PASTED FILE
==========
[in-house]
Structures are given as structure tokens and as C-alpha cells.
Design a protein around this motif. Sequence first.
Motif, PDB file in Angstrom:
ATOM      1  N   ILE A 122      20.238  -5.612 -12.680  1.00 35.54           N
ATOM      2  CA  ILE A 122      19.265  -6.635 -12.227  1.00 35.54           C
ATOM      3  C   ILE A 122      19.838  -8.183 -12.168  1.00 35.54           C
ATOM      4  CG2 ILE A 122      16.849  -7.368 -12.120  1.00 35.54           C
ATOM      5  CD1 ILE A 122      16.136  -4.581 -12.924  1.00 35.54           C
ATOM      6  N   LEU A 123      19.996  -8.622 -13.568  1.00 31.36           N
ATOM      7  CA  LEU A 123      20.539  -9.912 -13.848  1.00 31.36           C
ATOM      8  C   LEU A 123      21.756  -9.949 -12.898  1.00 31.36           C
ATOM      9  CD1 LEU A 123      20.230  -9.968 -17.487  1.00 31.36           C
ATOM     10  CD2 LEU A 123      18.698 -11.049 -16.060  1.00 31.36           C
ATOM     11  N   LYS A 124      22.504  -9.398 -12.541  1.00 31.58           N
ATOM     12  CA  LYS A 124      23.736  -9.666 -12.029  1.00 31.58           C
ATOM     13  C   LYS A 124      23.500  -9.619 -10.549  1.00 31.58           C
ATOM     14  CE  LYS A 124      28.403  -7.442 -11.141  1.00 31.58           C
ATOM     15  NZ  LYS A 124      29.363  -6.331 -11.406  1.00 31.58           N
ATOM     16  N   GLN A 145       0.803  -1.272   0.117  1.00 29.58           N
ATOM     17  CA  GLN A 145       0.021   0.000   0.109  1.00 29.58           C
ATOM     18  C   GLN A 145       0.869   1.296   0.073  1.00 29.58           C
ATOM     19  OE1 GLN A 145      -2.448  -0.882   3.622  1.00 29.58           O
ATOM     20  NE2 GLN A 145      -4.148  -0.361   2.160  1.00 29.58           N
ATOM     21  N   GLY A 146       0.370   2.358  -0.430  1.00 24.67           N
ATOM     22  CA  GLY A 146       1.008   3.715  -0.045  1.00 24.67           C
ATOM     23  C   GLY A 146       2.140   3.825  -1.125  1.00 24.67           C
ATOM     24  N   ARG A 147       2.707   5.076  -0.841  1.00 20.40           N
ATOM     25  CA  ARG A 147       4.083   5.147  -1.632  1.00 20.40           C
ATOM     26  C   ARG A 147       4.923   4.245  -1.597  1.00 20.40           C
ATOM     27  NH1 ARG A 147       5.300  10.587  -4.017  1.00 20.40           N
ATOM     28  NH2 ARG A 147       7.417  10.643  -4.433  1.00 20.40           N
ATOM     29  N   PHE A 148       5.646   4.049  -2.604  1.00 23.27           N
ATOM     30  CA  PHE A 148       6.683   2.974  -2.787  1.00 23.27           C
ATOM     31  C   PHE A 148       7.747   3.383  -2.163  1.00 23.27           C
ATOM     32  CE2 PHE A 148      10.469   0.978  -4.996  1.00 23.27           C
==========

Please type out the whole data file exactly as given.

[in-house]
Structures are given as structure tokens and as C-alpha cells.
Design a protein around this motif. Sequence first.
Motif, PDB file in Angstrom:
ATOM      1  N   ILE A 122      20.238  -5.612 -12.680  1.00 35.54           N
ATOM      2  CA  ILE A 122      19.265  -6.635 -12.227  1.00 35.54           C
ATOM      3  C   ILE A 122      19.838  -8.183 -12.168  1.00 35.54           C
ATOM      4  CG2 ILE A 122      16.849  -7.368 -12.120  1.00 35.54           C
ATOM      5  CD1 ILE A 122      16.136  -4.581 -12.924  1.00 35.54           C
ATOM      6  N   LEU A 123      19.996  -8.622 -13.568  1.00 31.36           N
ATOM      7  CA  LEU A 123      20.539  -9.912 -13.848  1.00 31.36           C
ATOM      8  C   LEU A 123      21.756  -9.949 -12.898  1.00 31.36           C
ATOM      9  CD1 LEU A 123      20.230  -9.968 -17.487  1.00 31.36           C
ATOM     10  CD2 LEU A 123      18.698 -11.049 -16.060  1.00 31.36           C
ATOM     11  N   LYS A 124      22.504  -9.398 -12.541  1.00 31.58           N
ATOM     12  CA  LYS A 124      23.736  -9.666 -12.029  1.00 31.58           C
ATOM     13  C   LYS A 124      23.500  -9.619 -10.549  1.00 31.58           C
ATOM     14  CE  LYS A 124      28.403  -7.442 -11.141  1.00 31.58           C
ATOM     15  NZ  LYS A 124      29.363  -6.331 -11.406  1.00 31.58           N
ATOM     16  N   GLN A 145       0.803  -1.272   0.117  1.00 29.58           N
ATOM     17  CA  GLN A 145       0.021   0.000   0.109  1.00 29.58           C
ATOM     18  C   GLN A 145       0.869   1.296   0.073  1.00 29.58           C
ATOM     19  OE1 GLN A 145      -2.448  -0.882   3.622  1.00 29.58           O
ATOM     20  NE2 GLN A 145      -4.148  -0.361   2.160  1.00 29.58           N
ATOM     21  N   GLY A 146       0.370   2.358  -0.430  1.00 24.67           N
ATOM     22  CA  GLY A 146       1.008   3.715  -0.045  1.00 24.67           C
ATOM     23  C   GLY A 146       2.140   3.825  -1.125  1.00 24.67           C
ATOM     24  N   ARG A 147       2.707   5.076  -0.841  1.00 20.40           N
ATOM     25  CA  ARG A 147       4.083   5.147  -1.632  1.00 20.40           C
ATOM     26  C   ARG A 147       4.923   4.245  -1.597  1.00 20.40           C
ATOM     27  NH1 ARG A 147       5.300  10.587  -4.017  1.00 20.40           N
ATOM     28  NH2 ARG A 147       7.417  10.643  -4.433  1.00 20.40           N
ATOM     29  N   PHE A 148       5.646   4.049  -2.604  1.00 23.27           N
ATOM     30  CA  PHE A 148       6.683   2.974  -2.787  1.00 23.27           C
ATOM     31  C   PHE A 148       7.747   3.383  -2.163  1.00 23.27           C
ATOM     32  CE2 PHE A 148      10.469   0.978  -4.996  1.00 23.27           C